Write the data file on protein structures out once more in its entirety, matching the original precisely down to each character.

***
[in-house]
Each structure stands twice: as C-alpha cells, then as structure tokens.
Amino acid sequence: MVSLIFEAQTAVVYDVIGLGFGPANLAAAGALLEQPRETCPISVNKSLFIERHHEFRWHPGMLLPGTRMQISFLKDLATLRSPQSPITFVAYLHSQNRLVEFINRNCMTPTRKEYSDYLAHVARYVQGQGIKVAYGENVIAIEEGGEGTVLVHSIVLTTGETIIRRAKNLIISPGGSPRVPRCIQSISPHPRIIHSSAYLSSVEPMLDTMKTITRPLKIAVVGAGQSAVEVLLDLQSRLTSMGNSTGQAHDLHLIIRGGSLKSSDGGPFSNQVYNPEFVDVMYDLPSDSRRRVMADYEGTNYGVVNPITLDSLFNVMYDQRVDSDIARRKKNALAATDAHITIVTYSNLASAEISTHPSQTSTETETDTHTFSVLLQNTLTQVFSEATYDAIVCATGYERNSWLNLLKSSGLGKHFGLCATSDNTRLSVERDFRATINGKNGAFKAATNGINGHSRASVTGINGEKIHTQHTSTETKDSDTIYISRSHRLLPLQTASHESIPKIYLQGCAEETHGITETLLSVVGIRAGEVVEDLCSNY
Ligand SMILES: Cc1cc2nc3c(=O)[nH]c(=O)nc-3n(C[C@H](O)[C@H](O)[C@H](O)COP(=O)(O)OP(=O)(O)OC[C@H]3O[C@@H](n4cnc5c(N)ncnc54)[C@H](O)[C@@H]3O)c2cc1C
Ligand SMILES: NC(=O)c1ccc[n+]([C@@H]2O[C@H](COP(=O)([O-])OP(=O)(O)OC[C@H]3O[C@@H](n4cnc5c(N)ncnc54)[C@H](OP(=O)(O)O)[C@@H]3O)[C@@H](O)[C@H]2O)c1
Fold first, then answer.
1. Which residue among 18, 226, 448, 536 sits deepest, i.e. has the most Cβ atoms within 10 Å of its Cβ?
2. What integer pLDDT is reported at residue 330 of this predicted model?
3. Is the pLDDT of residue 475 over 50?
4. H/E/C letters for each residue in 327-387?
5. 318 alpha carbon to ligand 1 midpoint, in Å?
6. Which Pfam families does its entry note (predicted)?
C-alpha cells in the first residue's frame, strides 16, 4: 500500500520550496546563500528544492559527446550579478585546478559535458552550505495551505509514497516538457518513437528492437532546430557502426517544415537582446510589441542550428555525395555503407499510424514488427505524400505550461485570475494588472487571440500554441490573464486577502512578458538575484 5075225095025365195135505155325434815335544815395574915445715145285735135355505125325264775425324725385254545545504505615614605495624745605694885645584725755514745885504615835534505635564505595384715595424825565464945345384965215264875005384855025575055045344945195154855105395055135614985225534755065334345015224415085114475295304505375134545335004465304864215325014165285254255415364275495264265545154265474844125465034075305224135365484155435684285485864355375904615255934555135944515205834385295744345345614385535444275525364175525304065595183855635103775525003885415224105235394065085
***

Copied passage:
[in-house]
Each structure stands twice: as C-alpha cells, then as structure tokens.
Amino acid sequence: MVSLIFEAQTAVVYDVIGLGFGPANLAAAGALLEQPRETCPISVNKSLFIERHHEFRWHPGMLLPGTRMQISFLKDLATLRSPQSPITFVAYLHSQNRLVEFINRNCMTPTRKEYSDYLAHVARYVQGQGIKVAYGENVIAIEEGGEGTVLVHSIVLTTGETIIRRAKNLIISPGGSPRVPRCIQSISPHPRIIHSSAYLSSVEPMLDTMKTITRPLKIAVVGAGQSAVEVLLDLQSRLTSMGNSTGQAHDLHLIIRGGSLKSSDGGPFSNQVYNPEFVDVMYDLPSDSRRRVMADYEGTNYGVVNPITLDSLFNVMYDQRVDSDIARRKKNALAATDAHITIVTYSNLASAEISTHPSQTSTETETDTHTFSVLLQNTLTQVFSEATYDAIVCATGYERNSWLNLLKSSGLGKHFGLCATSDNTRLSVERDFRATINGKNGAFKAATNGINGHSRASVTGINGEKIHTQHTSTETKDSDTIYISRSHRLLPLQTASHESIPKIYLQGCAEETHGITETLLSVVGIRAGEVVEDLCSNY
Ligand SMILES: Cc1cc2nc3c(=O)[nH]c(=O)nc-3n(C[C@H](O)[C@H](O)[C@H](O)COP(=O)(O)OP(=O)(O)OC[C@H]3O[C@@H](n4cnc5c(N)ncnc54)[C@H](O)[C@@H]3O)c2cc1C
Ligand SMILES: NC(=O)c1ccc[n+]([C@@H]2O[C@H](COP(=O)([O-])OP(=O)(O)OC[C@H]3O[C@@H](n4cnc5c(N)ncnc54)[C@H](OP(=O)(O)O)[C@@H]3O)[C@@H](O)[C@H]2O)c1
Fold first, then answer.
1. Which residue among 18, 226, 448, 536 sits deepest, i.e. has the most Cβ atoms within 10 Å of its Cβ?
2. What integer pLDDT is reported at residue 330 of this predicted model?
3. Is the pLDDT of residue 475 over 50?
4. H/E/C letters for each residue in 327-387?
5. 318 alpha carbon to ligand 1 midpoint, in Å?
6. Which Pfam families does its entry note (predicted)?
C-alpha cells in the first residue's frame, strides 16, 4: 500500500520550496546563500528544492559527446550579478585546478559535458552550505495551505509514497516538457518513437528492437532546430557502426517544415537582446510589441542550428555525395555503407499510424514488427505524400505550461485570475494588472487571440500554441490573464486577502512578458538575484 5075225095025365195135505155325434815335544815395574915445715145285735135355505125325264775425324725385254545545504505615614605495624745605694885645584725755514745885504615835534505635564505595384715595424825565464945345384965215264875005384855025575055045344945195154855105395055135614985225534755065334345015224415085114475295304505375134545335004465304864215325014165285254255415364275495264265545154265474844125465034075305224135365484155435684285485864355375904615255934555135944515205834385295744345345614385535444275525364175525304065595183855635103775525003885415224105235394065085